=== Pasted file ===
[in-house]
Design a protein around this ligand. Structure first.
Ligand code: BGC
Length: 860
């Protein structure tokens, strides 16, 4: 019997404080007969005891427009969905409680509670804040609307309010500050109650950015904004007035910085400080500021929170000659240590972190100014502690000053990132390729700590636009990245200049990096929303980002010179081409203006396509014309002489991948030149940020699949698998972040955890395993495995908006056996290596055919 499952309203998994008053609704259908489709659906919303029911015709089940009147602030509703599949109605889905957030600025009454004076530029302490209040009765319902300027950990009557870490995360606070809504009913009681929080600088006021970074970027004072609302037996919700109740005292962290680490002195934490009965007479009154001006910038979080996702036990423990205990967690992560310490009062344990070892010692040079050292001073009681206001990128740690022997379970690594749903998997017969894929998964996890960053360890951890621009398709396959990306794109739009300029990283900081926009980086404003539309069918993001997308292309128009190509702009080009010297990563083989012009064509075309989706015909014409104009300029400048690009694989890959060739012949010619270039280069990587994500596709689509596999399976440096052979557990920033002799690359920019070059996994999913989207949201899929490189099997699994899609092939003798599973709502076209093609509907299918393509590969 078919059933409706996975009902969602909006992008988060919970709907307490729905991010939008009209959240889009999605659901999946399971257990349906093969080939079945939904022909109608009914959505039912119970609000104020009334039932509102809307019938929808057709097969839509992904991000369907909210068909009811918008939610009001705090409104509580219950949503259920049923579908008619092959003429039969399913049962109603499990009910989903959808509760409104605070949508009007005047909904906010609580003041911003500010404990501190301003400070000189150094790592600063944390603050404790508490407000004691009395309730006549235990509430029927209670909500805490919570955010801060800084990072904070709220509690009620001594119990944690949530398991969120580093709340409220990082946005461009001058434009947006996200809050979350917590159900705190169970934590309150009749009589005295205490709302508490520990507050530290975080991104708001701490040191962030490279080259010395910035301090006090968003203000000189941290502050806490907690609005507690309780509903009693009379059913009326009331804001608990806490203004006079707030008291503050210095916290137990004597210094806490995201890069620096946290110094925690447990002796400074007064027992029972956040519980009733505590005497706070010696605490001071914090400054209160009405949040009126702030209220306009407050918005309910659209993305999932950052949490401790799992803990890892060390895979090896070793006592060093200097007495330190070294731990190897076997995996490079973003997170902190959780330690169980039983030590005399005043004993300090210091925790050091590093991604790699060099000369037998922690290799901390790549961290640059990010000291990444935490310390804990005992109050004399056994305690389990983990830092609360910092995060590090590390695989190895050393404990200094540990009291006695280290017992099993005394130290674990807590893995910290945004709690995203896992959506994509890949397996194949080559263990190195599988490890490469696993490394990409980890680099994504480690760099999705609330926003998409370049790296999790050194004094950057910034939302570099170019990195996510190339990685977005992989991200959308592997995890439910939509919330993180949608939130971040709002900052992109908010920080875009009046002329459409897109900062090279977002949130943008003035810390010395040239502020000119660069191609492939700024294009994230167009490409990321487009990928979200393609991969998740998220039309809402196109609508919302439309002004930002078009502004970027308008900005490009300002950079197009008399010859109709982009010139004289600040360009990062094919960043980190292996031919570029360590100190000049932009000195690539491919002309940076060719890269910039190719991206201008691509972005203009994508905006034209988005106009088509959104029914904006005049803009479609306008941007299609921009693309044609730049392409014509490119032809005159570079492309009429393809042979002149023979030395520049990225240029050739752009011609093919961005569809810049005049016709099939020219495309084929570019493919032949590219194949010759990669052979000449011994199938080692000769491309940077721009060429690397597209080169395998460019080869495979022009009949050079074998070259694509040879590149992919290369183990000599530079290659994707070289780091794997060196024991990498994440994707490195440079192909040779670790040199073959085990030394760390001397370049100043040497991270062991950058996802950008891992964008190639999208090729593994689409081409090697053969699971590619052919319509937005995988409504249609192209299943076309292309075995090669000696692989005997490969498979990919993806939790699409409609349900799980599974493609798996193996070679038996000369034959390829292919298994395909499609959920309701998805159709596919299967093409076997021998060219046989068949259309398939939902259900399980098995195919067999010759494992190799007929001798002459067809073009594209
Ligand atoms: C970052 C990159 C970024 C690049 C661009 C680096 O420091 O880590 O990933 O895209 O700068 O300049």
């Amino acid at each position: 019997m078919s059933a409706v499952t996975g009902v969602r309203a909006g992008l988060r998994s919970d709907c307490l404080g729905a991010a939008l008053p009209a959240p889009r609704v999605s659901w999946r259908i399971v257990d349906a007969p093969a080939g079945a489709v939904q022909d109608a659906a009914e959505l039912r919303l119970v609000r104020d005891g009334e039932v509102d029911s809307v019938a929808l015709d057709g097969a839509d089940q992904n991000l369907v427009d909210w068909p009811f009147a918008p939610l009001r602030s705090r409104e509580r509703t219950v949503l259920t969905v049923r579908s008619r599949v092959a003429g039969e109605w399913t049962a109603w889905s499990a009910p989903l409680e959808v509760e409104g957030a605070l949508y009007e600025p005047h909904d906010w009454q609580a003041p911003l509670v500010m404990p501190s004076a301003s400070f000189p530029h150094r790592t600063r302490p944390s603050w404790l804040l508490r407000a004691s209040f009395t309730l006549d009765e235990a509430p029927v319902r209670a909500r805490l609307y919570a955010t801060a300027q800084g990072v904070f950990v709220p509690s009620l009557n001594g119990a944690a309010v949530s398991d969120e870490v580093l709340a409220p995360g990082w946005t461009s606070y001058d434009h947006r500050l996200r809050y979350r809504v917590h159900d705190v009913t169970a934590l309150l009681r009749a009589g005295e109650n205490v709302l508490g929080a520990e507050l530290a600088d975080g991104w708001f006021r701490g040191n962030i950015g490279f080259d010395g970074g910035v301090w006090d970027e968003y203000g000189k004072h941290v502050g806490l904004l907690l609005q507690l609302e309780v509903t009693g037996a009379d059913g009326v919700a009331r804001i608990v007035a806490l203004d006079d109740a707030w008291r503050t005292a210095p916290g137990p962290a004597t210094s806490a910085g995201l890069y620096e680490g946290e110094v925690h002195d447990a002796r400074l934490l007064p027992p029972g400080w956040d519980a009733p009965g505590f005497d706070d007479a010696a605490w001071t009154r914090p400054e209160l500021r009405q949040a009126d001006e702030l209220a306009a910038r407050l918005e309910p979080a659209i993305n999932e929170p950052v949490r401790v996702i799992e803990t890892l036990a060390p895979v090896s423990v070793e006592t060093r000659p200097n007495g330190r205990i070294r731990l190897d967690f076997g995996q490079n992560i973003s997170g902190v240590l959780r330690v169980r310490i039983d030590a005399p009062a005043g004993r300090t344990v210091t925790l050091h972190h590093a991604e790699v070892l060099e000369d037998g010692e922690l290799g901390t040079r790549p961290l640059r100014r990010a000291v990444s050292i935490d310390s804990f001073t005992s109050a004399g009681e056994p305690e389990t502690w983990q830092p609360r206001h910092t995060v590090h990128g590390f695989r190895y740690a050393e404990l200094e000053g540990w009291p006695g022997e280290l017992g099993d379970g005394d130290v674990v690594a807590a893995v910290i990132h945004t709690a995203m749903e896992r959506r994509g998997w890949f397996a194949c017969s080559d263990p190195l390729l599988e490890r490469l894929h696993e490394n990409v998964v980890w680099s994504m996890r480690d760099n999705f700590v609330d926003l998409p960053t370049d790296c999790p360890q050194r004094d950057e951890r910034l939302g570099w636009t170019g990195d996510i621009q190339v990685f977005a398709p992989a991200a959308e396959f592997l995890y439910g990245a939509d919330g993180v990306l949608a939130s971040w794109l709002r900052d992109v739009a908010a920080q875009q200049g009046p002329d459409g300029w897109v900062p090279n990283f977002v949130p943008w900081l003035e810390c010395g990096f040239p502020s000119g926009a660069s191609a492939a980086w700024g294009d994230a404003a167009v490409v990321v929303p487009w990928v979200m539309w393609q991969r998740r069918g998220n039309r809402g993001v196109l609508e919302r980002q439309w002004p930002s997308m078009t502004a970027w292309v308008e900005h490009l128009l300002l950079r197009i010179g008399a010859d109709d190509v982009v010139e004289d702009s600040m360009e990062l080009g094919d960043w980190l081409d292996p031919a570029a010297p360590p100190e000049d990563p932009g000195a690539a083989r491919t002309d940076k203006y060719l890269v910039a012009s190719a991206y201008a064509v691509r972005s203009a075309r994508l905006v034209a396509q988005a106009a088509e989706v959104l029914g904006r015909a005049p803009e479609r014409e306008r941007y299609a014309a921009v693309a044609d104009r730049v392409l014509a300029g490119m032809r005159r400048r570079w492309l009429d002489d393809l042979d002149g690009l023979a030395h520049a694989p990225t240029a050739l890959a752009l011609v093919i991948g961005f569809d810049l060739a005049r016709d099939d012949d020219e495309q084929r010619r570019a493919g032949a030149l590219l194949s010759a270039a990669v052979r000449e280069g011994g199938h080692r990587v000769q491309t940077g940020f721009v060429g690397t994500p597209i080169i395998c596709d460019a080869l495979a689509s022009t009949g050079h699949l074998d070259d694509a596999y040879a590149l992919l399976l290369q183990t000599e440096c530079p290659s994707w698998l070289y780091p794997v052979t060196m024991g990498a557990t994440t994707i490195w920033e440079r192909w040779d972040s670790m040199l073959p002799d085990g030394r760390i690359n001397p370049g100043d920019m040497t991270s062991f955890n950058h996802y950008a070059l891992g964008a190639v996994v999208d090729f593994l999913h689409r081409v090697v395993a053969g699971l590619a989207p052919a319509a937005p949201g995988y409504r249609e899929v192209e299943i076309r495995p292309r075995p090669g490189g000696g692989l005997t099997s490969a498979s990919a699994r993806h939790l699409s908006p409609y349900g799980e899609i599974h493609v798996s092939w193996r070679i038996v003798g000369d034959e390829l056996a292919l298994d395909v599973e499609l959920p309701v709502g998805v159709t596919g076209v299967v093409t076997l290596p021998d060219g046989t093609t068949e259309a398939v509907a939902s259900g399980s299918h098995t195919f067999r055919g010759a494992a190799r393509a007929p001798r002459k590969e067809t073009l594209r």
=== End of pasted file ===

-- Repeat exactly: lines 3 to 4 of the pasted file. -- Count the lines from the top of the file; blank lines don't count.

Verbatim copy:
Ligand code: BGC
Length: 860